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    Peer Reviewed

    Assessing the impact of defining a global priority research agenda to address HIV-associated tuberculosis.

    Odone A; Matteelli A; Chiesa V; Cella P; Ferrari A

    Tropical Medicine and International Health. 2016 Nov; 21(11):1420-1427.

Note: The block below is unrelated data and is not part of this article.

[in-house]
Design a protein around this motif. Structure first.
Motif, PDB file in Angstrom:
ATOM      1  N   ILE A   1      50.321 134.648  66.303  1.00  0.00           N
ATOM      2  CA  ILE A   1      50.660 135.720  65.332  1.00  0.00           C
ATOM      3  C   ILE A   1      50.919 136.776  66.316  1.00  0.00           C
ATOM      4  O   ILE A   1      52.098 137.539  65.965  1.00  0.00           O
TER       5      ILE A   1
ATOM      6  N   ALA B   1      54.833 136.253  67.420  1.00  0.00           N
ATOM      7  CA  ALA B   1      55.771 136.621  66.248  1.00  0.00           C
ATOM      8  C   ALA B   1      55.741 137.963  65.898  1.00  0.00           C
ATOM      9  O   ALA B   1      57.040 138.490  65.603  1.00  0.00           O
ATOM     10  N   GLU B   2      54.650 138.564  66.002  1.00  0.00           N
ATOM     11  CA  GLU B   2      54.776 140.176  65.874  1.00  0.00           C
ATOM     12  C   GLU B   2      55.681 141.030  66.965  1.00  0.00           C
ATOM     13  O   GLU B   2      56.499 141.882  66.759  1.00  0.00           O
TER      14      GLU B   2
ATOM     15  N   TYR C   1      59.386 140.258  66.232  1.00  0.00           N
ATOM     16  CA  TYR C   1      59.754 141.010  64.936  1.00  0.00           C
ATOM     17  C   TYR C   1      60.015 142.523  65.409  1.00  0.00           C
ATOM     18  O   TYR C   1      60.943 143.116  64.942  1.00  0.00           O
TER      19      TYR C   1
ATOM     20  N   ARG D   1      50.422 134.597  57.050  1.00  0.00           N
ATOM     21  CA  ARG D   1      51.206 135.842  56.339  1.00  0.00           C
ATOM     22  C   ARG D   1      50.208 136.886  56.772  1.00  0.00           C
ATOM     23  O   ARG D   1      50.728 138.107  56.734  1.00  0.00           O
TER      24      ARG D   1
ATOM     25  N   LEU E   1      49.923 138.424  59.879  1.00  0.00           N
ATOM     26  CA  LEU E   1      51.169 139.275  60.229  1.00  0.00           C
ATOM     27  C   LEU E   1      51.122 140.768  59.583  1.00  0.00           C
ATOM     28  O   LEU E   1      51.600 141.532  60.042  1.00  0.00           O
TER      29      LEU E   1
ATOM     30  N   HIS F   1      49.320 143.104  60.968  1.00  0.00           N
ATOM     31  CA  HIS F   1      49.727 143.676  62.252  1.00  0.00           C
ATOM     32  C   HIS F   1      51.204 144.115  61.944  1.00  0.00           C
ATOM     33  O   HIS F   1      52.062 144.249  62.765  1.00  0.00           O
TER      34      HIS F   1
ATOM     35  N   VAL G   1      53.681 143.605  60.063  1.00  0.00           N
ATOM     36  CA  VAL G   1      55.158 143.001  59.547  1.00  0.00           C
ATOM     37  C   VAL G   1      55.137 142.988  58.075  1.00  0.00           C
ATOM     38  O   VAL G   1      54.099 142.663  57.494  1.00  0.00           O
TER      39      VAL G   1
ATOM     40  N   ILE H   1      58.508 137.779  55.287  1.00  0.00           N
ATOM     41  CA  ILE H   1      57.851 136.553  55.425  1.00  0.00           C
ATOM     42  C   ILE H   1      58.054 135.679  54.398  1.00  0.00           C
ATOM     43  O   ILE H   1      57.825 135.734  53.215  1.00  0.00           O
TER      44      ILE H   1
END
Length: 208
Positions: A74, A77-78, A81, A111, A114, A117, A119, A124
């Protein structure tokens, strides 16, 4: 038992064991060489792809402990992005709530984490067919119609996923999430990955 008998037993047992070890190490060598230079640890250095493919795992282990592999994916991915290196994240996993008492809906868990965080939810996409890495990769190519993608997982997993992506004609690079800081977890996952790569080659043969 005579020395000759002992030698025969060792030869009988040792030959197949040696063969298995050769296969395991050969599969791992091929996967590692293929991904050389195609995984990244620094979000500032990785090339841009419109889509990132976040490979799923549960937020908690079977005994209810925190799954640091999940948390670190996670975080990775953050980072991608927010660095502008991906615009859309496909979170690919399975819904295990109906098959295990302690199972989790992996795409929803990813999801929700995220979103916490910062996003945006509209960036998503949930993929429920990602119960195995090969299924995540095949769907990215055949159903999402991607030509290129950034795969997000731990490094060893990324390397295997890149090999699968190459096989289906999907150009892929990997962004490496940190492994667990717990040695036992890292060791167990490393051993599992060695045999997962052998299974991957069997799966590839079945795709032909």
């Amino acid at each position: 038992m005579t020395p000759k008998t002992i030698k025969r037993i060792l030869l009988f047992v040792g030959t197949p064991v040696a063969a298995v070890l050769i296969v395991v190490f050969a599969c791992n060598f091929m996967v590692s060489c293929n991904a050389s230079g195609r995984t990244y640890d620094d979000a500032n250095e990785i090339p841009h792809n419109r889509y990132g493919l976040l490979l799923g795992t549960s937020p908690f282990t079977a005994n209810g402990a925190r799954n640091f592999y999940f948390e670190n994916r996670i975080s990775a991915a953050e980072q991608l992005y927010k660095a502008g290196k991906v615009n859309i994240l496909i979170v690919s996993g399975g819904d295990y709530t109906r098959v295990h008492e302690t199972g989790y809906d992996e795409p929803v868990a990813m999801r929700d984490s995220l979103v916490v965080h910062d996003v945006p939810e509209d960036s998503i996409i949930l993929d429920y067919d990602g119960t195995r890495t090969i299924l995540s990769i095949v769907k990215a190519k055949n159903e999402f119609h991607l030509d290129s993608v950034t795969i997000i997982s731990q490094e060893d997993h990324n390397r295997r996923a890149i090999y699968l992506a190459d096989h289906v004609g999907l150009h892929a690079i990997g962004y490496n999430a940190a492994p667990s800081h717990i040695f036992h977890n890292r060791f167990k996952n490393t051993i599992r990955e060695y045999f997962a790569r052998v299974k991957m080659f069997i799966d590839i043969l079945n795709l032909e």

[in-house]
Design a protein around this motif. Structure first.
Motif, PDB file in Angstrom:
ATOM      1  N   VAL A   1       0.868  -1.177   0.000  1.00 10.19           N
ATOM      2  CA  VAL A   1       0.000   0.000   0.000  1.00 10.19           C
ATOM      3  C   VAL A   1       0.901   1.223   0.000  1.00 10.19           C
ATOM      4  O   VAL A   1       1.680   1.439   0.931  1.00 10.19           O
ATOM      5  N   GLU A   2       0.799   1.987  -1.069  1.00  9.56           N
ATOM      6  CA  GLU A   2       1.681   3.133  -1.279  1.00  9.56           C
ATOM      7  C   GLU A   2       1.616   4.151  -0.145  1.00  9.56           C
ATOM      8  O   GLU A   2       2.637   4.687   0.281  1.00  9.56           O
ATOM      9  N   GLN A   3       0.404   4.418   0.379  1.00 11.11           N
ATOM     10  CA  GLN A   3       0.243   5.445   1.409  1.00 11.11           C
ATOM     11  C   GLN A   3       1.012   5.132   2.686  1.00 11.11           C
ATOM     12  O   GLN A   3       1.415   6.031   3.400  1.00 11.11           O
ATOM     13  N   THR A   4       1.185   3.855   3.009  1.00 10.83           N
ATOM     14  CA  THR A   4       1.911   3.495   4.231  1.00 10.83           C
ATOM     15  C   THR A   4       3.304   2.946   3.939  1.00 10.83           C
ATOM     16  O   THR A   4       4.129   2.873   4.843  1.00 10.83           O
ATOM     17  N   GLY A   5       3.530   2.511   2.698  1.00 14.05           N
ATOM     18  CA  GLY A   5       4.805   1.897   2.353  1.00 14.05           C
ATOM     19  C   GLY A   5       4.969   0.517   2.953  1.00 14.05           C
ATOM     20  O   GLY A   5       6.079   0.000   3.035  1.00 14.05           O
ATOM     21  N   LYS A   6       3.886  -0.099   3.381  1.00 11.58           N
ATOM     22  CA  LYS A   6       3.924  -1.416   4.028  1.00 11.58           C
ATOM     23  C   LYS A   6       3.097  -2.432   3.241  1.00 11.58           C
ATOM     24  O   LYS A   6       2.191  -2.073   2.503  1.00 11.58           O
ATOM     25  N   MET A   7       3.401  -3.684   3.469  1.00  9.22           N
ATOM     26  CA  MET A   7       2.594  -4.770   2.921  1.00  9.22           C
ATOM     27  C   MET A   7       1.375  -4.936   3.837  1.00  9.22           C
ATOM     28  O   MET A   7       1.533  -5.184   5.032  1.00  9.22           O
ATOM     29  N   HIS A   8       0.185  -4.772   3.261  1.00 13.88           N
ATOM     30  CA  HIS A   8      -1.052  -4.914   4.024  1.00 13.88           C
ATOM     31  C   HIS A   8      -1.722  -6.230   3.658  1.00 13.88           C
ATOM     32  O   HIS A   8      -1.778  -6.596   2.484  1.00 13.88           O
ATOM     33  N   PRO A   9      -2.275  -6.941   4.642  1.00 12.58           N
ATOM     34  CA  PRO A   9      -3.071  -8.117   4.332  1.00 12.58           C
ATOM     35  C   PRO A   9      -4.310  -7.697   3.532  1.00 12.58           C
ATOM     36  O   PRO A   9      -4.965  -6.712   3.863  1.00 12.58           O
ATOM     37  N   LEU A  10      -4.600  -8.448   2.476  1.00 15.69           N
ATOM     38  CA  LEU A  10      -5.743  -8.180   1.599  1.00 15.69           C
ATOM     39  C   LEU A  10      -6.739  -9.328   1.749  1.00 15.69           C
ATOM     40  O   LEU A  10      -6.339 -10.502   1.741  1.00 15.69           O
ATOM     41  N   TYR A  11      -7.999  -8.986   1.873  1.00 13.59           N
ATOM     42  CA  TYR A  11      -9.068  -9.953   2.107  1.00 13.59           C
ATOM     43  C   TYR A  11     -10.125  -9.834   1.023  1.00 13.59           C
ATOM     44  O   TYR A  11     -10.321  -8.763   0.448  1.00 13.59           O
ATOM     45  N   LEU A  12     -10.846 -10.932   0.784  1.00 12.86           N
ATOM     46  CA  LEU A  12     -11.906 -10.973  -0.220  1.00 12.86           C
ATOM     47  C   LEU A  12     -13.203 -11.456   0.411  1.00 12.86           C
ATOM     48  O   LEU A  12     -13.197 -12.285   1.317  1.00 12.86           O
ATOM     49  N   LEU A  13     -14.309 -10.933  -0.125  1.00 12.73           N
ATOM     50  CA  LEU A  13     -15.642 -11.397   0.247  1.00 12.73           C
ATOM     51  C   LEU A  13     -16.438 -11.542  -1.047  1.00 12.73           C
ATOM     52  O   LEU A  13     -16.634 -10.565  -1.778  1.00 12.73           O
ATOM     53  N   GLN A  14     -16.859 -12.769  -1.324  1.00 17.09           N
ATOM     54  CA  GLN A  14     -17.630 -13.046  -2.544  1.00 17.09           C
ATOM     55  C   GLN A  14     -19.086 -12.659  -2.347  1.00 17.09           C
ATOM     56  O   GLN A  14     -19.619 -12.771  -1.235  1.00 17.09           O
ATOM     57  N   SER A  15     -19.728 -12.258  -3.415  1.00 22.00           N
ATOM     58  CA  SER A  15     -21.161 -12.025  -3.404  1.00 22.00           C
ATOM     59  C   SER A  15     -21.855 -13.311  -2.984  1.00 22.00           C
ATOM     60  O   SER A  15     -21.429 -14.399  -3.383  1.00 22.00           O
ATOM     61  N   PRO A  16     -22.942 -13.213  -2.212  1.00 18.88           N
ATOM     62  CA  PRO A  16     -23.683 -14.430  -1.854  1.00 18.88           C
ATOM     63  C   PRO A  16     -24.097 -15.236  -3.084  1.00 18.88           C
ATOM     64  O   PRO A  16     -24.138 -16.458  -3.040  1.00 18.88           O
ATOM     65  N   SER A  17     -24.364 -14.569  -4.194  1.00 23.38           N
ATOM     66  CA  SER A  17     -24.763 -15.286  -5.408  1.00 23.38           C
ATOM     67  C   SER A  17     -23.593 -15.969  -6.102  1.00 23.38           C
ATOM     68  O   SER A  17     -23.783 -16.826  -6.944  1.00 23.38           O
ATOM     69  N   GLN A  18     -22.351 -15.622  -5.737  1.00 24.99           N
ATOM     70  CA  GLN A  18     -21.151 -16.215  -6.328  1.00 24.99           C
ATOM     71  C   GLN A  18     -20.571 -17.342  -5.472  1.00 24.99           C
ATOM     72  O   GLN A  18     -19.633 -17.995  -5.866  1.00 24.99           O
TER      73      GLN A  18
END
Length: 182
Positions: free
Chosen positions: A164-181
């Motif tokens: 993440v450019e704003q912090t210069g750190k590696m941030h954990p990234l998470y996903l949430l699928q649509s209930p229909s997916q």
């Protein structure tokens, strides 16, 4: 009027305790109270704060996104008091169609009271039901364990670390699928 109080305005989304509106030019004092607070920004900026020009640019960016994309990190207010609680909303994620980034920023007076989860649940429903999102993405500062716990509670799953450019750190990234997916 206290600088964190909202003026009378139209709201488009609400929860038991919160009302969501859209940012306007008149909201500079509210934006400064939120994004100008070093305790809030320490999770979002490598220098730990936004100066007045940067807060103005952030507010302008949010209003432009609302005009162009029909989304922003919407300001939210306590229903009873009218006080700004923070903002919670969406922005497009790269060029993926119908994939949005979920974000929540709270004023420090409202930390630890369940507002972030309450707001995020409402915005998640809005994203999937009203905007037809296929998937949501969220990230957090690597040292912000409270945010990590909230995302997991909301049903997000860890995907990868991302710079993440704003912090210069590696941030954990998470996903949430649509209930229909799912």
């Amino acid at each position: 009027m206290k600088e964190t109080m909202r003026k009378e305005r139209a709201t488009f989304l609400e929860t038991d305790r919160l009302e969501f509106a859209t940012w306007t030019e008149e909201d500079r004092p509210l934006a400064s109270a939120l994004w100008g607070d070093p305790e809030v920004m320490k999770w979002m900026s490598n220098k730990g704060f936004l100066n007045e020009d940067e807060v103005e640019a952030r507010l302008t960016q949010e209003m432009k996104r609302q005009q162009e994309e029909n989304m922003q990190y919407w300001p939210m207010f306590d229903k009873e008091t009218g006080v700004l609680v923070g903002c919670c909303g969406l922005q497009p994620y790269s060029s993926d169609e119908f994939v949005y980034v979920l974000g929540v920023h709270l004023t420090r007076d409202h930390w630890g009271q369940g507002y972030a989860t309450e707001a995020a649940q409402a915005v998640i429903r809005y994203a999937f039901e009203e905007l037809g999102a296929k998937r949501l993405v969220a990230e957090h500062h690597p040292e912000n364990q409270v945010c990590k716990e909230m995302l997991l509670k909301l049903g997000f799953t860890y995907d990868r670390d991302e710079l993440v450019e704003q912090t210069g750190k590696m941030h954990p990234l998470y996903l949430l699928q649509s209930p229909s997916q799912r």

Objectives In 2010, the WHO issued 77 priority research questions (PRQs) to address HIV-associated TB. Objective of the this study was to assess the impact of defining the research agenda in stimulating and directing research around priority research questions. Methods We used number and type of scientific publications as a proxy to quantitatively assess the impact of research agenda setting. We conducted 77 single systematic reviews -one for every PRQ -building 77 different search strategies using PRQs’ keywords. Multivariate logistic regression models were applied to assess the quantity and quality of research produced over time and accounting for selected covariates. Results In 2009-2015, PRQs were addressed by 1631 publications (median: 11 studies published per PRQ, range 1-96). The most published area was ‘Intensified TB case finding’ (median: 23 studies/PRQ, range: 2-74). The majority (62.1%, n = 1013) were published as original studies, and more than half (58%, n = 585) were conducted in the African region. Original studies’ publication increased over the study period (P trend = <0.001). They focused more on the ‘Intensified TB case finding’ (OR = 2.17, 95% CI: 1.56-2.93) and ‘Drug-resistant TB and HIV infection’ (OR = 2.12, 95% CI: 1.47-3.06) areas than non-original studies. Original studies were published in journals of lower impact factor and received a smaller number of citations than non-original studies (OR = 0.54, 95% CI: 0.42-0.69). Conclusion The generation of evidence to address PRQs has increased over time particularly in selected fields. Setting a priority research agenda for HIV-associated TB might have positively influenced the direction and the conduct of research and contributed to the global response to such a major threat to health.
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